These projects are clearly having an impact on citizens as residents voted the following highly as part of the Smart City Index; recycling services, green spaces, online scheduling and ticket sales for public transport and online purchases of tickets to shows and museums.
Examples of retrofitting projects include adding motion sensors that control lights as people move in and out of rooms, adding rooftop solar panels and implementing an internal spiral staircase which doubles as a ventilation shaft. Measured building surveys are necessary before any of these structures are implemented, this can be carried out as a basic floor plan or a detailed 3D model – providing insight into how the new initiatives will affect the existing building.
The largest city in Switzerland is making waves when it comes to becoming ‘smarter’. Many initiatives have become digitised, from debt collection to an app for reporting pests and applying for parking permits.
The standout indices of the Smart City Index 2019 for Zurich include; online reporting of city maintenance, public transport and the purchase of tickets to shows and museums which make it easier to attend.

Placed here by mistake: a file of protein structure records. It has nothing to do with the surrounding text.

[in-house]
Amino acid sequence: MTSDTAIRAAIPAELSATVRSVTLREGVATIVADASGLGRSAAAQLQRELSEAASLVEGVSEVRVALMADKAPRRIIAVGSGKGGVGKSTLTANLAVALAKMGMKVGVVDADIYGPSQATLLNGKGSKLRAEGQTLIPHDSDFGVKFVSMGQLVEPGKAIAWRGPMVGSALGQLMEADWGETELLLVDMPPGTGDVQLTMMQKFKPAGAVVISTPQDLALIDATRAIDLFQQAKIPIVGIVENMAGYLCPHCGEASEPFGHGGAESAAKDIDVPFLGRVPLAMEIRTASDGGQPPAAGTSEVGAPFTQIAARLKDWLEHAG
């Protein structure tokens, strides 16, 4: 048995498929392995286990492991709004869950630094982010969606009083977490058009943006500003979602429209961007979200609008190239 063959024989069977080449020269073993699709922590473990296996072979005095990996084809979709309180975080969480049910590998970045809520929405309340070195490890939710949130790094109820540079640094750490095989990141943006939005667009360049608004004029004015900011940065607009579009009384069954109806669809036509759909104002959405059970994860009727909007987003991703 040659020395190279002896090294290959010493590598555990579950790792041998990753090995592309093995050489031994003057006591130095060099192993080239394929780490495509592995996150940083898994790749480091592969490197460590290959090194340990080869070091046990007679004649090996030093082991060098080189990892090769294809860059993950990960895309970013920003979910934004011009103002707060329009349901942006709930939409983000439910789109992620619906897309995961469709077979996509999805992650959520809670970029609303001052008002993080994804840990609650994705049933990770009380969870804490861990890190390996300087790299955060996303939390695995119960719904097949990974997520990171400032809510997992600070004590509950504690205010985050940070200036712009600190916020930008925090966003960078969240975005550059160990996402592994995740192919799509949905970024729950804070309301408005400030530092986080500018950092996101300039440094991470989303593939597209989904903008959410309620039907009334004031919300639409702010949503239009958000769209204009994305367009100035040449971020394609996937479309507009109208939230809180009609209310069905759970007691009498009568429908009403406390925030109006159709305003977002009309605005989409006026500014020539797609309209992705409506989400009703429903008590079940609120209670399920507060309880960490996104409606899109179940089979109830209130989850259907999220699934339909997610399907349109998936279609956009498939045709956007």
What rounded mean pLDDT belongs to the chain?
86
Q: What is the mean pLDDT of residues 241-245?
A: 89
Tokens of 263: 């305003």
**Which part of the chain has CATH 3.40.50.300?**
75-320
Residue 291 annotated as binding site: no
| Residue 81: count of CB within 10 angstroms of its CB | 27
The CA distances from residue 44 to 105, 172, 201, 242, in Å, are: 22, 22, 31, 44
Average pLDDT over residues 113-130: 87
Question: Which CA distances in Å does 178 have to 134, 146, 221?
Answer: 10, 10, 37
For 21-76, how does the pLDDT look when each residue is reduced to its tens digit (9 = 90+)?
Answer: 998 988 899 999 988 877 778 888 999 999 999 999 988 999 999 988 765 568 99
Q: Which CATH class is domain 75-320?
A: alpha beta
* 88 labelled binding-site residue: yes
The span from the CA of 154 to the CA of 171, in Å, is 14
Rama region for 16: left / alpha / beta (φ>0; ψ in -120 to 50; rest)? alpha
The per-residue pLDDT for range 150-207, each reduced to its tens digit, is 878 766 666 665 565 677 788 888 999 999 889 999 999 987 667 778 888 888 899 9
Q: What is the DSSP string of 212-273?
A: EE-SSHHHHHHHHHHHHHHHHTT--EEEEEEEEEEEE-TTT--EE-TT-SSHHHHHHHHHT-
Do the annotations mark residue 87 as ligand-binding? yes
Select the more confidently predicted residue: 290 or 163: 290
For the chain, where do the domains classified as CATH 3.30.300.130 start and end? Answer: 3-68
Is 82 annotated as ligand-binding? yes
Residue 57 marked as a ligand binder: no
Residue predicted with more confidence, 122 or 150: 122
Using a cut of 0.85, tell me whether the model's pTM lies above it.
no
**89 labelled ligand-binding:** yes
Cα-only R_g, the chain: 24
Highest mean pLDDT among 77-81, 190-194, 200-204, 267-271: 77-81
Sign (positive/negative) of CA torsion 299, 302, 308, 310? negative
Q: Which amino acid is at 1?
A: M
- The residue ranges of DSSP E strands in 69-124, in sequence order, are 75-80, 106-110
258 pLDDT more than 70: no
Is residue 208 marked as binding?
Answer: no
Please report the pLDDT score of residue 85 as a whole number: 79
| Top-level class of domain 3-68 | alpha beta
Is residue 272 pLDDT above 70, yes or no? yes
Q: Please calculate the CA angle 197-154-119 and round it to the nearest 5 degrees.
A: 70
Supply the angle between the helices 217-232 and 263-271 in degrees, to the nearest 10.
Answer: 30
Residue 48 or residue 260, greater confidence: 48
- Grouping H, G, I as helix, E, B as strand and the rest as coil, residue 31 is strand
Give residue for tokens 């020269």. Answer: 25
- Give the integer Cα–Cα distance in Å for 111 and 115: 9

Working towards its goal of a 2000-watt society, the City of Zurich has developed an information platform called EnerGIS. Through this, homeowners can access information on which energy sources are available to their building, making it easier for residents to switch from fossil fuels to a renewable energy source.
This is based on GIS (geographic information system) data, capturing accurate spatial and geographical information. GIS surveys can interpret data and map relationships and patterns, this is useful for residents who may want to see what energy source other people in their neighbourhood are using.
Singapore is widely recognised for its ‘smartness’ and ‘AI readiness’, it appears they have the infrastructure in place to take on any future technology concepts that may improve quality of life for residents.
The city has developed a range of apps that are designed to be useful for living and navigating around the city. This includes ActiveWallet where people can book programmes and sporting facilities, Beeline which allows suggests travel routes and book seats and Dementia Friends which provides resources on how to support dementia sufferers.
As part of the Index, the city stood out for; basic sanitation to meet the needs of poorest areas, lack of traffic congestion, use of CCTV for resident safety and their online platform where residents can propose ideas to improve city life.
A city-wide site survey is required before CCTV is installed, this is likely to be a topographic or drone survey which provides visibility over the entire city. This allows urban planners to identify the best areas for CCTV coverage and map out the areas that will be covered by each camera.
Many cities are implementing initiatives that are allowing them to become smarter. Other cities are ensuring that they have the right infrastructure in place for when the time comes to integrate smart technology. Surveying plays a huge part in this preparation process, paving the way for more cities to receive a ‘smart’ status.